And then there is the “ghastly” sh*tshow that is Pier 1 Imports Inc. ($PIR). Back in January, we asked “Is Pier 1 on the Ropes? (Short “Iconic” Brands)” — a question that a lot of retail analysts now seem to be asking in the wake of a horrendous earnings report. How horrendous was it? Comp sales decreased 13.7% YOY, net sales decreased 19.5% YOY, and the company had a net loss of $68.8mm (or $0.85/share). And apropos to the discussion above, the company indicated that it’s considering closing 45 stores in fiscal 2020 due to lease expirations — a number that could rise by upwards of 15% if the company’s new cost-cutting action plan (to the tune of $110mm) doesn’t bear fruit. The company hired A&G Realty to help with this initiative.
So, about that action plan. Here’s what the company has to say about it:
Pier 1 is implementing an action plan designed to drive benefits in fiscal 2020 of approximately $100-$110 million by resetting its gross margin and cost structure. Approximately one-third of the benefits are expected to be realized in gross margin, with the remaining two-thirds coming from cost reduction. After reinvesting in the business, the Company believes it will be positioned to recapture approximately $30-$40 million of net income and $45-$55 million of EBITDA in fiscal year 2020. The Company expects to capture efficiencies and drive improvement in the following areas: 1) Revenue and Margin; 2) Marketing and Promotional Effectiveness; 3) Sourcing and Supply Chain; 4) Cost Cutting; and 5) Store Optimization.
As part of the $100-$110 million of benefits discussed above, the Company has identified approximately $70-$80 million of selling, general and administrative (“SG&A”) savings opportunity for fiscal 2020, the majority of which is expected to be realized in the second half of the year. This SG&A savings opportunity for fiscal 2020 reflects an expected annual run-rate of approximately $95-$105 million.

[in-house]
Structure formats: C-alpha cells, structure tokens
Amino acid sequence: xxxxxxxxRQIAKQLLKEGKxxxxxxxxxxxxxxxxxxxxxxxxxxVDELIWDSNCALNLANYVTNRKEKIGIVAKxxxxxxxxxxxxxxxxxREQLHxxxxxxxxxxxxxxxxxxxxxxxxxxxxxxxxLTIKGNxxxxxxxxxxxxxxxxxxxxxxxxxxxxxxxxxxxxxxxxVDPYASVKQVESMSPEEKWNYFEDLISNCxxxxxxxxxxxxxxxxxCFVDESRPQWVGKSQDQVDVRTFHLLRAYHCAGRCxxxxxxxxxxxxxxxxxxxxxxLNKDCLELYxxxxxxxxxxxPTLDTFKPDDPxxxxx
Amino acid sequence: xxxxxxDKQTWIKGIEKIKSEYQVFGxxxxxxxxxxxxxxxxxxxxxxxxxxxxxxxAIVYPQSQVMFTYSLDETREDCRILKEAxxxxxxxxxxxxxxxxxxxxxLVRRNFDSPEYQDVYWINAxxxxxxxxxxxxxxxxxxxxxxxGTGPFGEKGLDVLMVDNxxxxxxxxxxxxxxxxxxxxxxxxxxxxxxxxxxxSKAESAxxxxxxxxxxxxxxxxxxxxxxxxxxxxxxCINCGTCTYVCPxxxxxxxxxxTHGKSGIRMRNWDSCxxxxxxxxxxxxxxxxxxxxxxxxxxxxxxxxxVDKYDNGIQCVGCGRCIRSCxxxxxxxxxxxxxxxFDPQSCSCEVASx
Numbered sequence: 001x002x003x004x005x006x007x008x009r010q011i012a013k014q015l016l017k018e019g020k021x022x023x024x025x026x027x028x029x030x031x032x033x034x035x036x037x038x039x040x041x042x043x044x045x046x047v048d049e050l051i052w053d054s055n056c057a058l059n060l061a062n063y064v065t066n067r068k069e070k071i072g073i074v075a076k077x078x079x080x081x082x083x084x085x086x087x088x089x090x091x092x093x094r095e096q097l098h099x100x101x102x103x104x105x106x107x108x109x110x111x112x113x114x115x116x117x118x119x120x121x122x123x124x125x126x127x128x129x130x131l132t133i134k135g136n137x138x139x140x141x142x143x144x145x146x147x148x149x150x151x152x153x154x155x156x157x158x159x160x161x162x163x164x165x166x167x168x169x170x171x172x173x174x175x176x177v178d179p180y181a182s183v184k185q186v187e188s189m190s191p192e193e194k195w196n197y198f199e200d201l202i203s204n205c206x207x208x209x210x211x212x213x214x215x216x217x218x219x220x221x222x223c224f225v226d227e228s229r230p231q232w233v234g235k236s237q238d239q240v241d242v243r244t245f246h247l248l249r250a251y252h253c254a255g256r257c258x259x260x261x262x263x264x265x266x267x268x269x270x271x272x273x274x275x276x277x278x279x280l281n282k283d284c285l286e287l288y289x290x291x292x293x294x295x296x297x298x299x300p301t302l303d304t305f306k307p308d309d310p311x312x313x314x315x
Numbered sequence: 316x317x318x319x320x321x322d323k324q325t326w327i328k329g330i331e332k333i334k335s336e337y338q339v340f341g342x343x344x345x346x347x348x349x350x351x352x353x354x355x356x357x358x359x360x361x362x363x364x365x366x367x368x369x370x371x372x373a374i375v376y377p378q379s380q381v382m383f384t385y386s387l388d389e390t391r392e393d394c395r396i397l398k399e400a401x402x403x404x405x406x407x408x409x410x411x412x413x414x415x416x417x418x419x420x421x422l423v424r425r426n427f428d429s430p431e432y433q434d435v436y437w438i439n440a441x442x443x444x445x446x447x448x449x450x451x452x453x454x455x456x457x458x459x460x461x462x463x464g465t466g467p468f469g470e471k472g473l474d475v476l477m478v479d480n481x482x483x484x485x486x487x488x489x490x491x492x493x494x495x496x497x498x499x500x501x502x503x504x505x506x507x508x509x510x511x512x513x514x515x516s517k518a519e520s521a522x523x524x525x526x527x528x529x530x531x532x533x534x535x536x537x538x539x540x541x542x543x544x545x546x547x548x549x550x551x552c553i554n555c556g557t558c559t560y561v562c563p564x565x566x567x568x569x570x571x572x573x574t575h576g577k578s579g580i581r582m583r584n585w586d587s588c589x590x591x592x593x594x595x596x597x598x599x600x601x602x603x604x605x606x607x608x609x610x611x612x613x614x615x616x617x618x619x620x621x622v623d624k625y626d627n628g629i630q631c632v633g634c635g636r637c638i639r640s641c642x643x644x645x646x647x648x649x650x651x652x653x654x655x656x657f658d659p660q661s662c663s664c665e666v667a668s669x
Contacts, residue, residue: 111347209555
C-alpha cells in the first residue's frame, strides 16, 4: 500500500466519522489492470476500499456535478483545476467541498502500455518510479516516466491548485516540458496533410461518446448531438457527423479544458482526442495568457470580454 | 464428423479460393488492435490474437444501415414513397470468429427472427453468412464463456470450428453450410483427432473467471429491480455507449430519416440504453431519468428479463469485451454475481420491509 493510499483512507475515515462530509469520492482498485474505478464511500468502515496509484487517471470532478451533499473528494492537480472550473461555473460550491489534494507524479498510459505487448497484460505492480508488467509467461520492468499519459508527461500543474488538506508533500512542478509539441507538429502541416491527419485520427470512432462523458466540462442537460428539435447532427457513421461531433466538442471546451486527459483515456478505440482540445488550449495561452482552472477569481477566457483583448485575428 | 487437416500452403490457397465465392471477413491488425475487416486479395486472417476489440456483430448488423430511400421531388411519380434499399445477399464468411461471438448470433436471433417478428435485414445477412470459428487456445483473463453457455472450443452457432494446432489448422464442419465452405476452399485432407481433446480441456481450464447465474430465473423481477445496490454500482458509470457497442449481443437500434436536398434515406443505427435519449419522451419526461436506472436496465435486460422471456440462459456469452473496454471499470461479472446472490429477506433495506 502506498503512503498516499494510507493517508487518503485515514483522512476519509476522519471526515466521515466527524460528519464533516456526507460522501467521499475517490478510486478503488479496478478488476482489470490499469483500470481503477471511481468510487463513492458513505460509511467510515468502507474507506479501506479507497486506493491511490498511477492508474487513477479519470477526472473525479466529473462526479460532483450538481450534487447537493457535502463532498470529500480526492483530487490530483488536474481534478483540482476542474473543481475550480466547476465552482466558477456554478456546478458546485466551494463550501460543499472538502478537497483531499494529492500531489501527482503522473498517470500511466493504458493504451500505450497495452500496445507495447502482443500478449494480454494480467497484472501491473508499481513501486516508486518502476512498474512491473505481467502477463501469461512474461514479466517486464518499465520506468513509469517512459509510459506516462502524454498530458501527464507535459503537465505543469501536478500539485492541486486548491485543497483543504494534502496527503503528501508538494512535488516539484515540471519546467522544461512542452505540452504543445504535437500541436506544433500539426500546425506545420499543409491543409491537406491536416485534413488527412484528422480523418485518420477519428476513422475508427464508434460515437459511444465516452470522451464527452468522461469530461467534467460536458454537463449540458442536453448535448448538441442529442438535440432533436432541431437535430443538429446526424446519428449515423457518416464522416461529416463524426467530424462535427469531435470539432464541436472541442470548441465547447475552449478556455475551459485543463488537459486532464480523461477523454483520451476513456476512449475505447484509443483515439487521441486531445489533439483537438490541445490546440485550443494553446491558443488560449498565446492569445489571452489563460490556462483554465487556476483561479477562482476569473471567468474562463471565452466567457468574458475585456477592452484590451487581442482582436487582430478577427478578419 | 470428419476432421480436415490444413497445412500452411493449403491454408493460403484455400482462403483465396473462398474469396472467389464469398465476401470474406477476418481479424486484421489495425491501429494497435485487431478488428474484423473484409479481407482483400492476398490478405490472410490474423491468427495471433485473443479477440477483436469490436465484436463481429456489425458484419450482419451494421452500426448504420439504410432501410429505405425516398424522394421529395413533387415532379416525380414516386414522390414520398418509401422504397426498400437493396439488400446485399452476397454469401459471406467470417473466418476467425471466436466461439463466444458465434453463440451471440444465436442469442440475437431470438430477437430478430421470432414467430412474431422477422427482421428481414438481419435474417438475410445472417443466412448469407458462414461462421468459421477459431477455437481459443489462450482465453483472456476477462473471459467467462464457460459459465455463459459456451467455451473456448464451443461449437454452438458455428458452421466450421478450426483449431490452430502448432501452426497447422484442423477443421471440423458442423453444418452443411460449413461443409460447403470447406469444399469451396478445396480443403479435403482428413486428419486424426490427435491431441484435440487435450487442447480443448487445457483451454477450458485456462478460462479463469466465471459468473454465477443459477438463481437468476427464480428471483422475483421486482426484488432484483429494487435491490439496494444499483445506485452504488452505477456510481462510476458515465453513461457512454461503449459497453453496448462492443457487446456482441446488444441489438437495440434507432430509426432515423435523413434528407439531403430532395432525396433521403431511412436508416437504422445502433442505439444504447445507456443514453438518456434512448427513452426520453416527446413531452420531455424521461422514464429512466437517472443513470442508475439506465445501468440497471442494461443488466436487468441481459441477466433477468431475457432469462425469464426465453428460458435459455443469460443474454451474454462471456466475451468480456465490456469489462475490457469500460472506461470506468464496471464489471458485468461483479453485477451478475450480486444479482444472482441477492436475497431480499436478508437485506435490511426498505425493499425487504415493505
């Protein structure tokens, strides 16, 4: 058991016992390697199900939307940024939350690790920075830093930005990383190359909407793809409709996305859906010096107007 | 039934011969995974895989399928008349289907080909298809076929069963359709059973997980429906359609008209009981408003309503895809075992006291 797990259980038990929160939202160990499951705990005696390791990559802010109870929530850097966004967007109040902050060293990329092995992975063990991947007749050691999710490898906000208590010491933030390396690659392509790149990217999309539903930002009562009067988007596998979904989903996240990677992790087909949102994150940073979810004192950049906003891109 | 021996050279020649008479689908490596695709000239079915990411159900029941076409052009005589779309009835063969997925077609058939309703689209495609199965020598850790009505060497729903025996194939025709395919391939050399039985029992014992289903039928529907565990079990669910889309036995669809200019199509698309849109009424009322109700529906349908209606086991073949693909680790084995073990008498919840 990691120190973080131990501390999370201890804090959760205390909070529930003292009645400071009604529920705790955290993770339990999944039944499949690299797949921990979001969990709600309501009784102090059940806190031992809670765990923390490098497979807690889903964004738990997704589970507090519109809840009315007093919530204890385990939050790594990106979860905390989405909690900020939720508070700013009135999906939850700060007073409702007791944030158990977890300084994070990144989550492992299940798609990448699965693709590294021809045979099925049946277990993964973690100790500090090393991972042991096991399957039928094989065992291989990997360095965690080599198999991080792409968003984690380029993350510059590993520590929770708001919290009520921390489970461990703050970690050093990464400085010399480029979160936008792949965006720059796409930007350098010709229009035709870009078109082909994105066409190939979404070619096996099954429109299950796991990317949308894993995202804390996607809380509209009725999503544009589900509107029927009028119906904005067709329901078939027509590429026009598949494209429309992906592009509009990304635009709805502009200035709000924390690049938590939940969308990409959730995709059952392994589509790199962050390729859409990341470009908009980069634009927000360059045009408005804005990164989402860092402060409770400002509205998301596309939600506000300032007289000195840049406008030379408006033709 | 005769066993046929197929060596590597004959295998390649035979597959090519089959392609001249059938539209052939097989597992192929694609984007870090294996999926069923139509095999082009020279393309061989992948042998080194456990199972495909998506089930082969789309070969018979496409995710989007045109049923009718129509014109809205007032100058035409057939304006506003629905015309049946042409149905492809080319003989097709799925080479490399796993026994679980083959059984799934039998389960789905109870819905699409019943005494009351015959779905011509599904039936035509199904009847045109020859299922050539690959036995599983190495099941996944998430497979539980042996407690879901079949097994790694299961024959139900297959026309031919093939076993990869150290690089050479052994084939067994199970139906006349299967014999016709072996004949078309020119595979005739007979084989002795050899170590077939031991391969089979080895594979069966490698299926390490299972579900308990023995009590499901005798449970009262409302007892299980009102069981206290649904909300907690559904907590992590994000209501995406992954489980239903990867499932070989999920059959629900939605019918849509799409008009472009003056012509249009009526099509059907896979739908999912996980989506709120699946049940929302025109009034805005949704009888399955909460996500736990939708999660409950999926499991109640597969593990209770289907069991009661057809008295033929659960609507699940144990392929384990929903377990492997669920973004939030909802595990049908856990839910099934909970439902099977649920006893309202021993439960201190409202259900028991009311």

The subsequent earnings call was…uh…interesting. Led off by an outside investor relations firm, the company’s interim CEO then took over the call by sharing, in the first instance, that an AlixPartners’ restructuring MD is now serving the company as interim CFO. Awesome start. Recent retail quals include Bon-Ton Stores and Gymboree. The team then went on at length about all of the various improvements they hope to instill in the business.
The analysts on the call were…shall we say…NOT EVEN REMOTELY convinced.
Beryl Bugatch, an analyst from Raymond James & Associates pounded the team with questions…
What is the guidance? The company declined to guide.
Where is the delta between the $100mm in cost savings and the $55mm in EBITDA improvement going? The company abstractly answered “we are reinvesting a portion of the savings back in the business.”
Where though? Marketing? The company responded, “assortment strategy, our talent and capability and efficiencies and things to drive efficiency in the plan.” READ: HIGH PRICED ADVISORS.
What’s liquidity look like? The company said it had $55mm in cash, $50mm in the FILO tranche and an undrawn revolver — enough to get through fiscal 2020.
But how clean is the inventory?
By this point the company was like:
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